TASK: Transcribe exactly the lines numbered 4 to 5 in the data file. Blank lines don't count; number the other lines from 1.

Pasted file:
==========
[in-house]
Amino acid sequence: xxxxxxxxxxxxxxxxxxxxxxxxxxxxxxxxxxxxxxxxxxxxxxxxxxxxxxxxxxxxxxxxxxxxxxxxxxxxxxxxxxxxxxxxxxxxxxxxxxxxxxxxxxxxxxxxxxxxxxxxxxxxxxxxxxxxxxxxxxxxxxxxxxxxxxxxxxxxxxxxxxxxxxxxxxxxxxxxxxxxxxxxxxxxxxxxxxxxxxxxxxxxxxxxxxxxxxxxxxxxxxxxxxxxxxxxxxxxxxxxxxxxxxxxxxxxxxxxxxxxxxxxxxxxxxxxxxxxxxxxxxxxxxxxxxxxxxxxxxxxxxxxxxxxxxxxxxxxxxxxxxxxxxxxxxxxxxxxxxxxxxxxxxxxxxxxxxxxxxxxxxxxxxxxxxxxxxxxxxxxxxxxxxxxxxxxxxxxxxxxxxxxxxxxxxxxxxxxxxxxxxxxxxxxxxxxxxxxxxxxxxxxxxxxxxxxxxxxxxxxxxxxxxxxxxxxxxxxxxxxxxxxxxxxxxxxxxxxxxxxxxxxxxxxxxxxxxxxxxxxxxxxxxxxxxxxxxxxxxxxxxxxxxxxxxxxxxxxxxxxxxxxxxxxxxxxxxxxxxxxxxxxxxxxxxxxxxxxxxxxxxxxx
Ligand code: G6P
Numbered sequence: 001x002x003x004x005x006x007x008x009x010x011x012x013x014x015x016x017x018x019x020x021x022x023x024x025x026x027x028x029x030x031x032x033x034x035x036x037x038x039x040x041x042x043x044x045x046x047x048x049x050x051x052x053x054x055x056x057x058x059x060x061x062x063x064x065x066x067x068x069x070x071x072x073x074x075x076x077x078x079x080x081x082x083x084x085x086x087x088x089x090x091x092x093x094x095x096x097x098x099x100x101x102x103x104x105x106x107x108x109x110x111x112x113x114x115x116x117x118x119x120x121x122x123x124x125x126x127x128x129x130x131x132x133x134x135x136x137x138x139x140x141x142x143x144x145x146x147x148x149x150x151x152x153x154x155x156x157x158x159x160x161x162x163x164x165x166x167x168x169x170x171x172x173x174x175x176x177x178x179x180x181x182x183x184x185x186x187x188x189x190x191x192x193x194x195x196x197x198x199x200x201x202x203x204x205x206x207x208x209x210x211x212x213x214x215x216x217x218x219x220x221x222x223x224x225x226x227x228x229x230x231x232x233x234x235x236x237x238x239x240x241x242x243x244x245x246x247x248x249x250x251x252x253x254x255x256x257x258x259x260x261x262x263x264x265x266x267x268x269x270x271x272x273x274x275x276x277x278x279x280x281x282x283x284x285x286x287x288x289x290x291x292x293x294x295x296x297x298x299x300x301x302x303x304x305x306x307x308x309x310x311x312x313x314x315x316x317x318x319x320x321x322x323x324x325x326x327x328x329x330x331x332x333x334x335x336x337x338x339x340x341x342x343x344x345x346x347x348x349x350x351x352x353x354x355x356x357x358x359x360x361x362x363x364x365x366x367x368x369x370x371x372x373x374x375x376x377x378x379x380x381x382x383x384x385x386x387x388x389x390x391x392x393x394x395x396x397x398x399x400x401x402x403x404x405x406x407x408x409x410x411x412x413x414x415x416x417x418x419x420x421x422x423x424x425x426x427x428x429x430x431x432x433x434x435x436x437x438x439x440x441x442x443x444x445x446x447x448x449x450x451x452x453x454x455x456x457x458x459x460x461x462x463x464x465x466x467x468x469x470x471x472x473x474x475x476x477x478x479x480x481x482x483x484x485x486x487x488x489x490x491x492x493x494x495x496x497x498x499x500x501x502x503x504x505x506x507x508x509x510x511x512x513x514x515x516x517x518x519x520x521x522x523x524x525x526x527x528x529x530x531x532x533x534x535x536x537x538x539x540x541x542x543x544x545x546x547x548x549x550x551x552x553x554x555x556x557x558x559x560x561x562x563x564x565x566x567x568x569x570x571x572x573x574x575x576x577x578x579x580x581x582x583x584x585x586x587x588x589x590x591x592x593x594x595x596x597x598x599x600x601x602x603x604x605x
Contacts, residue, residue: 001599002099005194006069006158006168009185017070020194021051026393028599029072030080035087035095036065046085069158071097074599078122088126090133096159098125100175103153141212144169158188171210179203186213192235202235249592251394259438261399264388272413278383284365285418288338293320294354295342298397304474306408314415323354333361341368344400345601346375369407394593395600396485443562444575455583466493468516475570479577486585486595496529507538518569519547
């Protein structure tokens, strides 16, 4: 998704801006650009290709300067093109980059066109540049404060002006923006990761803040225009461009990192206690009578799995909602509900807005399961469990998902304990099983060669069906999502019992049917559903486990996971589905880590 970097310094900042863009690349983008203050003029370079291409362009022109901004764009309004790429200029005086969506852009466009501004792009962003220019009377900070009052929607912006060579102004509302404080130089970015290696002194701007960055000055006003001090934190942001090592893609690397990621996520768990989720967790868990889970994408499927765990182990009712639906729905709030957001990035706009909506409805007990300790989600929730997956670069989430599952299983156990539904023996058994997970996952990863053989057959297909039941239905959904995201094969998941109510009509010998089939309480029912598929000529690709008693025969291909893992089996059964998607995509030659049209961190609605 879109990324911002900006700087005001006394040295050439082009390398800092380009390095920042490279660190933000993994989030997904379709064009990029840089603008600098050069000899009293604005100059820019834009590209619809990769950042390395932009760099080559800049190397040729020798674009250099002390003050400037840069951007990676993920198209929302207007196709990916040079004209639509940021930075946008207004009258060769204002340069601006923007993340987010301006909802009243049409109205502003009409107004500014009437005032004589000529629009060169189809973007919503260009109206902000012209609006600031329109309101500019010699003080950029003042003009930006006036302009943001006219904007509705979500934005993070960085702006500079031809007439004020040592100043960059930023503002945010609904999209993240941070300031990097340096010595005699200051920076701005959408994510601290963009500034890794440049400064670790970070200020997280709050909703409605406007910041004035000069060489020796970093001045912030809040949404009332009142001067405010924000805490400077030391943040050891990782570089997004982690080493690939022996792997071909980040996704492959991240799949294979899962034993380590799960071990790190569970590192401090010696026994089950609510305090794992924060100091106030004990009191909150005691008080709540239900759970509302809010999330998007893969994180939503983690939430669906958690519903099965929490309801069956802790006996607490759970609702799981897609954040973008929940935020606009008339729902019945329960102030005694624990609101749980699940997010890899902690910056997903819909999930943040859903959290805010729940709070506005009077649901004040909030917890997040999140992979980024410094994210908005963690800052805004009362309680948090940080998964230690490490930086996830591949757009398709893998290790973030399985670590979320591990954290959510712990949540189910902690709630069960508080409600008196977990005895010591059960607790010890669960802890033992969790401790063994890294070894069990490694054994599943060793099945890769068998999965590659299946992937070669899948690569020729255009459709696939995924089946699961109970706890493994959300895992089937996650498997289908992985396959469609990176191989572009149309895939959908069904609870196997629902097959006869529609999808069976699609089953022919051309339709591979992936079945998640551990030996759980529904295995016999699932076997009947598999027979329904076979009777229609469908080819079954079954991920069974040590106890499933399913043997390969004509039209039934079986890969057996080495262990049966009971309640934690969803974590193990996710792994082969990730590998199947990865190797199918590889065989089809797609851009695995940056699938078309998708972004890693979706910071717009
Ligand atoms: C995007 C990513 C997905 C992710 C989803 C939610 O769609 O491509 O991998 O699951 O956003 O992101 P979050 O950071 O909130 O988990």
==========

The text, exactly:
Numbered sequence: 001x002x003x004x005x006x007x008x009x010x011x012x013x014x015x016x017x018x019x020x021x022x023x024x025x026x027x028x029x030x031x032x033x034x035x036x037x038x039x040x041x042x043x044x045x046x047x048x049x050x051x052x053x054x055x056x057x058x059x060x061x062x063x064x065x066x067x068x069x070x071x072x073x074x075x076x077x078x079x080x081x082x083x084x085x086x087x088x089x090x091x092x093x094x095x096x097x098x099x100x101x102x103x104x105x106x107x108x109x110x111x112x113x114x115x116x117x118x119x120x121x122x123x124x125x126x127x128x129x130x131x132x133x134x135x136x137x138x139x140x141x142x143x144x145x146x147x148x149x150x151x152x153x154x155x156x157x158x159x160x161x162x163x164x165x166x167x168x169x170x171x172x173x174x175x176x177x178x179x180x181x182x183x184x185x186x187x188x189x190x191x192x193x194x195x196x197x198x199x200x201x202x203x204x205x206x207x208x209x210x211x212x213x214x215x216x217x218x219x220x221x222x223x224x225x226x227x228x229x230x231x232x233x234x235x236x237x238x239x240x241x242x243x244x245x246x247x248x249x250x251x252x253x254x255x256x257x258x259x260x261x262x263x264x265x266x267x268x269x270x271x272x273x274x275x276x277x278x279x280x281x282x283x284x285x286x287x288x289x290x291x292x293x294x295x296x297x298x299x300x301x302x303x304x305x306x307x308x309x310x311x312x313x314x315x316x317x318x319x320x321x322x323x324x325x326x327x328x329x330x331x332x333x334x335x336x337x338x339x340x341x342x343x344x345x346x347x348x349x350x351x352x353x354x355x356x357x358x359x360x361x362x363x364x365x366x367x368x369x370x371x372x373x374x375x376x377x378x379x380x381x382x383x384x385x386x387x388x389x390x391x392x393x394x395x396x397x398x399x400x401x402x403x404x405x406x407x408x409x410x411x412x413x414x415x416x417x418x419x420x421x422x423x424x425x426x427x428x429x430x431x432x433x434x435x436x437x438x439x440x441x442x443x444x445x446x447x448x449x450x451x452x453x454x455x456x457x458x459x460x461x462x463x464x465x466x467x468x469x470x471x472x473x474x475x476x477x478x479x480x481x482x483x484x485x486x487x488x489x490x491x492x493x494x495x496x497x498x499x500x501x502x503x504x505x506x507x508x509x510x511x512x513x514x515x516x517x518x519x520x521x522x523x524x525x526x527x528x529x530x531x532x533x534x535x536x537x538x539x540x541x542x543x544x545x546x547x548x549x550x551x552x553x554x555x556x557x558x559x560x561x562x563x564x565x566x567x568x569x570x571x572x573x574x575x576x577x578x579x580x581x582x583x584x585x586x587x588x589x590x591x592x593x594x595x596x597x598x599x600x601x602x603x604x605x
Contacts, residue, residue: 001599002099005194006069006158006168009185017070020194021051026393028599029072030080035087035095036065046085069158071097074599078122088126090133096159098125100175103153141212144169158188171210179203186213192235202235249592251394259438261399264388272413278383284365285418288338293320294354295342298397304474306408314415323354333361341368344400345601346375369407394593395600396485443562444575455583466493468516475570479577486585486595496529507538518569519547